Photo of Mr Robert Sanders Mr Robert Sanders , Bridgwater

It will perhaps be for the convenience of the House that we should dispose of this question proposed by my hon. and gallant Friend as soon as we can, so that it will not deter those Members who may wish to speak on the broader questions. My hon. and gallant Friend the Member for Ayr and Bute (Sir Aylmer Hunter-Weston) gave us an extremely valuable historical survey of the various Committees that have been set up to deal with the matter of the defence of the country, to which my right hon. and gallant Friend opposite (Major-General Seely) added some very interesting details of more recent history. I think we are also indebted to the hon. and gallant Member and to the right hon. and gallant Gentleman for enforcing upon this House, and, through it, upon the country, the great import- ance of constantly reviewing the relations of the various branches of our defence forces to one another, but my hon. and gallant Friend and the right hon. and gallant Gentleman seem to differ as to what they want. I gather that by hon. and gallant Friend the Member for Ayr and Bute wanted a repetition of the Esher Committee, while my right hon. and gallant Friend opposite wanted a permanent Grand Inquisitor, holding one of the high offices of the Government, who would inquire and give a report once for all, and who would survey all the Estimates and defence proposals.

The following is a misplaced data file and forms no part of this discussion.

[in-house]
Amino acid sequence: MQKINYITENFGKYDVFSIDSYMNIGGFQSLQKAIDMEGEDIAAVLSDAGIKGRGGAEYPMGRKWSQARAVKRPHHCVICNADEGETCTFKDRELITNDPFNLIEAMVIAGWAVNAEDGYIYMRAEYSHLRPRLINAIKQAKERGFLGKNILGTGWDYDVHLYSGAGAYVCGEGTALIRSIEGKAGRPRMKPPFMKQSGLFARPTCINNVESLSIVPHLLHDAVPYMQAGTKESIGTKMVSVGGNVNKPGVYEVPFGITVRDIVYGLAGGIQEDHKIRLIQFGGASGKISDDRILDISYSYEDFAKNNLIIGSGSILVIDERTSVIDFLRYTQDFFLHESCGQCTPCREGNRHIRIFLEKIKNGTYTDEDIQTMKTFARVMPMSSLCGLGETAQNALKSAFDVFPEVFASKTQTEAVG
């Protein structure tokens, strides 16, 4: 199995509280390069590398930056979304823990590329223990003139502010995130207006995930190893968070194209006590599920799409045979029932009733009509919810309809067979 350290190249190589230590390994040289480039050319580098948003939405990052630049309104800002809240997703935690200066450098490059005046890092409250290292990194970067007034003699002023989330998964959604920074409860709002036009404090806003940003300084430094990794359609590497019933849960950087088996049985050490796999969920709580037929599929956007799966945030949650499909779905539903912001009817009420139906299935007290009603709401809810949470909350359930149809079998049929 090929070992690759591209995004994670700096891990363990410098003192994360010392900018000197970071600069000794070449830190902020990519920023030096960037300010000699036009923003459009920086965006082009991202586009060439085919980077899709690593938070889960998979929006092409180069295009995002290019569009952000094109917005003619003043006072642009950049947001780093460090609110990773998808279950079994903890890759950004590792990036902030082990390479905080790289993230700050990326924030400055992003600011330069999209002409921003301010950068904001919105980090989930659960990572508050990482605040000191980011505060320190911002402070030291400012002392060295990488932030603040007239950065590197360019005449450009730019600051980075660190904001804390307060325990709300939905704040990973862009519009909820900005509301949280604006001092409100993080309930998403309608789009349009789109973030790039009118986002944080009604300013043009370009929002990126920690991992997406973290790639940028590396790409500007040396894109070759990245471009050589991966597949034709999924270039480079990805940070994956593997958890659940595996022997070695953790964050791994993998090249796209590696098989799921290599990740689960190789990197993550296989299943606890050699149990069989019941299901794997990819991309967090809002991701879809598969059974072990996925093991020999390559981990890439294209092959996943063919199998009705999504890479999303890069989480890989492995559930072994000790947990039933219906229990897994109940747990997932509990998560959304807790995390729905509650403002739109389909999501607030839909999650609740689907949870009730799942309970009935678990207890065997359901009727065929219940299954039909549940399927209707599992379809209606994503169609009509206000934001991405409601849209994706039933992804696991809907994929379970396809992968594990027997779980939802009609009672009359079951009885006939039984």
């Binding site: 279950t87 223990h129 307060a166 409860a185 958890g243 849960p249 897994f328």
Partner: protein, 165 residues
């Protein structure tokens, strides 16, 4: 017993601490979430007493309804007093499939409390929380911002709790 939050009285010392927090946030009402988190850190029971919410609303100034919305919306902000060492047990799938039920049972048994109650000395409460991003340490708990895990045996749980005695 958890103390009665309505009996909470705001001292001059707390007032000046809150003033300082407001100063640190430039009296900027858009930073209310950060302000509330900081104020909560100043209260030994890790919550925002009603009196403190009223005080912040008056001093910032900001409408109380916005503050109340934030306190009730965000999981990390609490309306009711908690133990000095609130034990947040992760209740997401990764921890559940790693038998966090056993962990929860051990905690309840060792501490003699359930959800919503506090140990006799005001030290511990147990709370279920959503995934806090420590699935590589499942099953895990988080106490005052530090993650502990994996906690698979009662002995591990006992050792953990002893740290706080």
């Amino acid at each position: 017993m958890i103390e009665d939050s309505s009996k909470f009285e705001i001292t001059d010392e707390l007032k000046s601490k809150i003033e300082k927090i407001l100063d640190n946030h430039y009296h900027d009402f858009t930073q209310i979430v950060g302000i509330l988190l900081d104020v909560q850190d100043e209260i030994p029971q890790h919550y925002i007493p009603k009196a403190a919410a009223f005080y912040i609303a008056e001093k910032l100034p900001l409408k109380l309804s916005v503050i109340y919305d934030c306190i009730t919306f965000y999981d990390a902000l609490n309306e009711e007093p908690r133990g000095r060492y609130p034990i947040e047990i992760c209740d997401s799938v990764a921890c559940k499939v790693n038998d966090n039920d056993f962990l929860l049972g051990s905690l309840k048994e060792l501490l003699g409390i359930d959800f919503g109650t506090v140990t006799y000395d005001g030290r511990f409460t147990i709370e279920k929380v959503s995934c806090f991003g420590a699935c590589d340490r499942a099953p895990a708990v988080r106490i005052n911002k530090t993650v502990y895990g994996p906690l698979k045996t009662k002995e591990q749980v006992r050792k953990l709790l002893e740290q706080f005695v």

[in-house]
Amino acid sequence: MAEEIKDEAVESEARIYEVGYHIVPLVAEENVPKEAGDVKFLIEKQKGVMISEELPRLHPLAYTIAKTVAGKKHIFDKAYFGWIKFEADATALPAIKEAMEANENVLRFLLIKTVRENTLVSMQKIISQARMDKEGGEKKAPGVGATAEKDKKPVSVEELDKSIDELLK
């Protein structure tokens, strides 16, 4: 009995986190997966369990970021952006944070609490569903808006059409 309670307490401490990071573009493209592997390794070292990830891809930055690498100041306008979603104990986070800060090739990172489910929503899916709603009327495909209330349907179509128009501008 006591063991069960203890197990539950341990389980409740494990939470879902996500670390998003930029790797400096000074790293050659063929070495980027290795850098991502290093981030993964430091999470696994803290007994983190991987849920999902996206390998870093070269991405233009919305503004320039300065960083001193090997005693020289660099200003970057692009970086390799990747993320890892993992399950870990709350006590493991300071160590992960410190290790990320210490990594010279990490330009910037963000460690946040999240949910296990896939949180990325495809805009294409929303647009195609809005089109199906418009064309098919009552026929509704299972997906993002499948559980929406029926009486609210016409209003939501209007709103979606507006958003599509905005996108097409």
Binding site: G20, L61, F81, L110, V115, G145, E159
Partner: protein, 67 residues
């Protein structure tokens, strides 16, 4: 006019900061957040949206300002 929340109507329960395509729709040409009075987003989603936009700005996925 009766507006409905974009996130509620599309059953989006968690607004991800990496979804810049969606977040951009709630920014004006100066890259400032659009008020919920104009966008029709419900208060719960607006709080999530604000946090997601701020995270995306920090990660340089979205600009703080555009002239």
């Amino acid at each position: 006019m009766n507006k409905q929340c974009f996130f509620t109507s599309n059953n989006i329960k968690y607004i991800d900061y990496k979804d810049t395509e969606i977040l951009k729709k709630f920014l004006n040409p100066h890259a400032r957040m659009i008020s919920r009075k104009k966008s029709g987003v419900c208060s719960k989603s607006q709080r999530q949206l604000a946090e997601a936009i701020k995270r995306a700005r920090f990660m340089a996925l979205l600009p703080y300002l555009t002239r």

Photo of Major-General John Seely Major-General John Seely , Ilkeston

I spoke in support of this Amendment in favour of the appointment of a Commission, but one must explain what one means the Commission to do. I supported the Commission, but I said that I hoped they would set up a Vice-President of the Committee of Imperial Defence forthwith.